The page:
The Alberta Energy Regulator has given the green light to a northern Alberta tarsands project despite much to the chagrin of local Indigenous people who said it will encroach on sacred lands and may affect their drinking water.
Rigel tarsands would churn out 10,000 barrels a day. The project is proposed by privately held Prosper Petroleum Ltd. of Calgary.
APTN National News said construction is expected to cost $390 million, with a further $50 million earmarked for drilling and completing wells before startup.
The project is being built with the support of partner Petrolama Namur Oil Sands Energy, a subsidiary of Czech Republic-based Lama Energy Group, as its first tarsands investment.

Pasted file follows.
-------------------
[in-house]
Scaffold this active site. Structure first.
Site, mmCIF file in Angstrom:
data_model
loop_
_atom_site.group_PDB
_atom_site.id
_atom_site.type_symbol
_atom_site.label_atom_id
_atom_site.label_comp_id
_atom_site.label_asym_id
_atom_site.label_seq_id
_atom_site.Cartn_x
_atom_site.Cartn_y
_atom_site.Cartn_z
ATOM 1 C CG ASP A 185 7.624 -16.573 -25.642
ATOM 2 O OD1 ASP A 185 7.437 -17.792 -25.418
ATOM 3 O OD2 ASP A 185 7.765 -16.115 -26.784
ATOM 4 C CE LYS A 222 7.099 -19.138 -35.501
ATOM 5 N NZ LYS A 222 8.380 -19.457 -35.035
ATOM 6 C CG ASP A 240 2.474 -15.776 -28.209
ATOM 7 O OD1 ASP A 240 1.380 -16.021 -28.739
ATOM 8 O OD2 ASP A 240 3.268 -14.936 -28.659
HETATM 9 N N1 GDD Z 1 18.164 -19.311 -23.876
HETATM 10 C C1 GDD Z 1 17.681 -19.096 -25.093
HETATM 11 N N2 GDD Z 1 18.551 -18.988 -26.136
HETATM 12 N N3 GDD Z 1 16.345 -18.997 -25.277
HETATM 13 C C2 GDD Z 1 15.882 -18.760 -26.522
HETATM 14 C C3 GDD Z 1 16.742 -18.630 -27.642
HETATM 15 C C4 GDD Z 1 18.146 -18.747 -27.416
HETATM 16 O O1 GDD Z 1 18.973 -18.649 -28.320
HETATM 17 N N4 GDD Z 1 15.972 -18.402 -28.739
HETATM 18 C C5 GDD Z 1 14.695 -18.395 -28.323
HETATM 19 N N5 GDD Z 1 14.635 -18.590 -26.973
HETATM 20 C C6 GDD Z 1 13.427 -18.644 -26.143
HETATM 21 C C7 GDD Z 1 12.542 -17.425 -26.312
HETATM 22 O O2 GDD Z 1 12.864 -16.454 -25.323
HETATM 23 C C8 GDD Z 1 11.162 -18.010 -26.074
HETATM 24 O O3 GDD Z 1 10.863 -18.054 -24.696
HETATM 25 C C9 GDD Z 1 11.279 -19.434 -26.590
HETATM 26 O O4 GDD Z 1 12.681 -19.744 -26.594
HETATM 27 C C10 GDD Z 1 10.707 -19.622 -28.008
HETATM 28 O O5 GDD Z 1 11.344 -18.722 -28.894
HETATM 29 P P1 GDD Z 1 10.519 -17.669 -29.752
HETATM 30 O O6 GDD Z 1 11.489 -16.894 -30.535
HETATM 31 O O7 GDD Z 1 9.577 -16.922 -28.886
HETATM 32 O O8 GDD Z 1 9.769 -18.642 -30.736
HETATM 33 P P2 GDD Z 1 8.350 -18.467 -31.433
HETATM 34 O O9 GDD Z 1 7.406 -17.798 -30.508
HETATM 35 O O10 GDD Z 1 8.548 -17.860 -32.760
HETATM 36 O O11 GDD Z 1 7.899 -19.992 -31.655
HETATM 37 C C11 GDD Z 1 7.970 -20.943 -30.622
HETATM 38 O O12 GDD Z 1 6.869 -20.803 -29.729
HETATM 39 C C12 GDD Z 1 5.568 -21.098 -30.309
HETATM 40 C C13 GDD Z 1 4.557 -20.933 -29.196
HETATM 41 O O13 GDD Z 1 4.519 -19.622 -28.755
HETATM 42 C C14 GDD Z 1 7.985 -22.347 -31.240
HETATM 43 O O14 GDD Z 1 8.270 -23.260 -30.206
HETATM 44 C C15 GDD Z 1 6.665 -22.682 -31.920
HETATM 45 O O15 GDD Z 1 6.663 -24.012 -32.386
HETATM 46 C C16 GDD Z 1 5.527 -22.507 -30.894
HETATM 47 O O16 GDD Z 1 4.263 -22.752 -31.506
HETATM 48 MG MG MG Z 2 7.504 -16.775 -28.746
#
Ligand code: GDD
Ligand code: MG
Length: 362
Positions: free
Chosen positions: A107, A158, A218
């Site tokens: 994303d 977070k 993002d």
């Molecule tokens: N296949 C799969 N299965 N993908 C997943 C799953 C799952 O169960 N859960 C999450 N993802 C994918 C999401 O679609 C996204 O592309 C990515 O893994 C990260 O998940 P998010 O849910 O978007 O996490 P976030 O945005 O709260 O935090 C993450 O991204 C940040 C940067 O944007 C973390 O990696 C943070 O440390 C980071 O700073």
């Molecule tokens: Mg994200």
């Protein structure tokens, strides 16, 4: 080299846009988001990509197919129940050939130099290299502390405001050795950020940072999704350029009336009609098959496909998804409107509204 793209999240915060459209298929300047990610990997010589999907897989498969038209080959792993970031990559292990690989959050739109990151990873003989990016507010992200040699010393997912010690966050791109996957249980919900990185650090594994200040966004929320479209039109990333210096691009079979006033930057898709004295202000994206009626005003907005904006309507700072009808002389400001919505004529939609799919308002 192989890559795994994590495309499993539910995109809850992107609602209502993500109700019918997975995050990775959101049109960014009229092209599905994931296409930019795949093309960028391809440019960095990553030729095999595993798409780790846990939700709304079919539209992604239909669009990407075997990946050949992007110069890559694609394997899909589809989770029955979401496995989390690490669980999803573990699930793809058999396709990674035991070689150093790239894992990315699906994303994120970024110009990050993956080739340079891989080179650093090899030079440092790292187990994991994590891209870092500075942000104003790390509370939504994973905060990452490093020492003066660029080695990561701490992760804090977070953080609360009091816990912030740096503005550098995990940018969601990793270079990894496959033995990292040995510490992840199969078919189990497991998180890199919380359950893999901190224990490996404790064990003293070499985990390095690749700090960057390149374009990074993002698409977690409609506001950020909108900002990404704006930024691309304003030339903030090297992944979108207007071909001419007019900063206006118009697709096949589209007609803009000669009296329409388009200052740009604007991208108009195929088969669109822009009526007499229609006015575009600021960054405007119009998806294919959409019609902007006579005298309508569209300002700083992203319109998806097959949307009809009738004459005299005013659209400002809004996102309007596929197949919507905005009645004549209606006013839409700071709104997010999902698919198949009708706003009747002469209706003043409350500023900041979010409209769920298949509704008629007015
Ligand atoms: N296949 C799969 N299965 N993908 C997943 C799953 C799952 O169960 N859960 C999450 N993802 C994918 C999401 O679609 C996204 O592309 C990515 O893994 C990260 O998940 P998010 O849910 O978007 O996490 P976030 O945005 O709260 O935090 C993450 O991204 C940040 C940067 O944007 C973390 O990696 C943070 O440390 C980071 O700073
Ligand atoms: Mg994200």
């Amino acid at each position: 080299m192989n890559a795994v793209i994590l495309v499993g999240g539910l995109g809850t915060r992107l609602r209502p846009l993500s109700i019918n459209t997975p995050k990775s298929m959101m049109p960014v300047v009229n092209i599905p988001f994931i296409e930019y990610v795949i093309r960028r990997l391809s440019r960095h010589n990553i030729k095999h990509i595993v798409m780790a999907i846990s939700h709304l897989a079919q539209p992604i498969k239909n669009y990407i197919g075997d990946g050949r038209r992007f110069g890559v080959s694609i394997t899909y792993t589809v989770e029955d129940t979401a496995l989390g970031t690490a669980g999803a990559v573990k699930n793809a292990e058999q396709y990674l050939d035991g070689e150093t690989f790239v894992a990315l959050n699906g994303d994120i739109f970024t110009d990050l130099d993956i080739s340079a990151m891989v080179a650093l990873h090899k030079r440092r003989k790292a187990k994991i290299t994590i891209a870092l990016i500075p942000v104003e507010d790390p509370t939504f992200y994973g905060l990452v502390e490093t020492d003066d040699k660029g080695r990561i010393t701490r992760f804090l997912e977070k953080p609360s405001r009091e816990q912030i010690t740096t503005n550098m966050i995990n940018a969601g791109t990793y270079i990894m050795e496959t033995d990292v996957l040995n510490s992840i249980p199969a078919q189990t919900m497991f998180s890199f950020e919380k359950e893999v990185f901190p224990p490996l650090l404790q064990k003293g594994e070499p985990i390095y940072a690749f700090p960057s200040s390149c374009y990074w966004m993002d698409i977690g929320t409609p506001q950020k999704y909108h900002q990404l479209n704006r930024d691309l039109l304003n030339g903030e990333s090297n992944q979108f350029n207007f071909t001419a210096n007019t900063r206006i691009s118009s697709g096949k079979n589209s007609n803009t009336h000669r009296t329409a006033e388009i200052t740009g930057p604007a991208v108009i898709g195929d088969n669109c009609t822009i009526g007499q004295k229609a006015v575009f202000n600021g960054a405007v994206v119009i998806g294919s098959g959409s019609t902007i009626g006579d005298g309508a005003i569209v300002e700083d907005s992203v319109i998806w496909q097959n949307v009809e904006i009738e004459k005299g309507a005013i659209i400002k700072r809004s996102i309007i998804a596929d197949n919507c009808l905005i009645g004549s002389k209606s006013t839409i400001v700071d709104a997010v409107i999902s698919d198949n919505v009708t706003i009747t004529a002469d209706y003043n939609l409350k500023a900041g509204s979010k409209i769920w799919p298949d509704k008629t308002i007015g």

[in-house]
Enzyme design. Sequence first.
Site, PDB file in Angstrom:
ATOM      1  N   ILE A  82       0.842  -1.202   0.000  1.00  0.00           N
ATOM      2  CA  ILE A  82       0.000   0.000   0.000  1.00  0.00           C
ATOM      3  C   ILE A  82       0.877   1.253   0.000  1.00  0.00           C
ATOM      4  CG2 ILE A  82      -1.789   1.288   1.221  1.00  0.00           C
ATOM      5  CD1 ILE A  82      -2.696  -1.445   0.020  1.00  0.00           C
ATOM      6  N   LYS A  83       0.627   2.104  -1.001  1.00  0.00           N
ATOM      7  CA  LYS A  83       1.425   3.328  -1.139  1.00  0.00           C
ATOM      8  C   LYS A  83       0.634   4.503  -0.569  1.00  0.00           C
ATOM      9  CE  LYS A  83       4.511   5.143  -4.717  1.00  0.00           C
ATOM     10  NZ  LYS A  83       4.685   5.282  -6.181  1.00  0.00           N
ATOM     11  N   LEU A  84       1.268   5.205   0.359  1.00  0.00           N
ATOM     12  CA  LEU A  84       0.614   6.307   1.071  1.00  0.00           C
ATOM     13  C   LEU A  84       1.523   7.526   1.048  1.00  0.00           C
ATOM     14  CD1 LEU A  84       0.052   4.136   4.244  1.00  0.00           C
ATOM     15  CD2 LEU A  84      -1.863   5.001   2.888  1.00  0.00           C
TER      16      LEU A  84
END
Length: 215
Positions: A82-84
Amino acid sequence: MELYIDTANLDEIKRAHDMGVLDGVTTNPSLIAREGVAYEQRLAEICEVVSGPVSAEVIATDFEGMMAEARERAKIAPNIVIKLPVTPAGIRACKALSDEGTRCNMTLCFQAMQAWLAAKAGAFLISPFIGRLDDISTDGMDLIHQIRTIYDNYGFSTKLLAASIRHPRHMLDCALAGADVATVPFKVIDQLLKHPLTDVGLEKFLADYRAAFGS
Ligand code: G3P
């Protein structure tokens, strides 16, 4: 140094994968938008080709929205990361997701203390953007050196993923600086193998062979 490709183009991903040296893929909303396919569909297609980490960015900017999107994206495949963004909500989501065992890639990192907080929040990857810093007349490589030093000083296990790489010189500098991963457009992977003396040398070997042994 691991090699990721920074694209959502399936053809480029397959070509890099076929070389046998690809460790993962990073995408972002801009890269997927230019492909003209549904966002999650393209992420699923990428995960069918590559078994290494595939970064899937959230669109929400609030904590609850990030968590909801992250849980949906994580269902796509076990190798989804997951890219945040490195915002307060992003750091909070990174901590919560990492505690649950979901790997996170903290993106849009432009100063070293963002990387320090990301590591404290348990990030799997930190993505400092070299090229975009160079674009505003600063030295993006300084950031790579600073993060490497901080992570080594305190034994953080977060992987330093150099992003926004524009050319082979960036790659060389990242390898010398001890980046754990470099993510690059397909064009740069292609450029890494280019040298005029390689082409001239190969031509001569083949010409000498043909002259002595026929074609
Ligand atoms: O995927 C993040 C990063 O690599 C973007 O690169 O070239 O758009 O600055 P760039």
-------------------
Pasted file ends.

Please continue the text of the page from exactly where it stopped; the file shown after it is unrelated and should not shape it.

But the Fort McKay Métis Community Association board is not happy about the decision.
“It’s close to a sacred place, Moose Lake, which the community has used for centuries and continues to use and this project is definitely going to affect that traditional and cultural use,” said Eddison Lee-Johnson, the board’s executive director.
The Rigel project would employ up to six well-pads with eight well-pairs drilled from each pad, with an impact on 106 hectares of its total lease area of 768 hectares and a production life of about 24 years.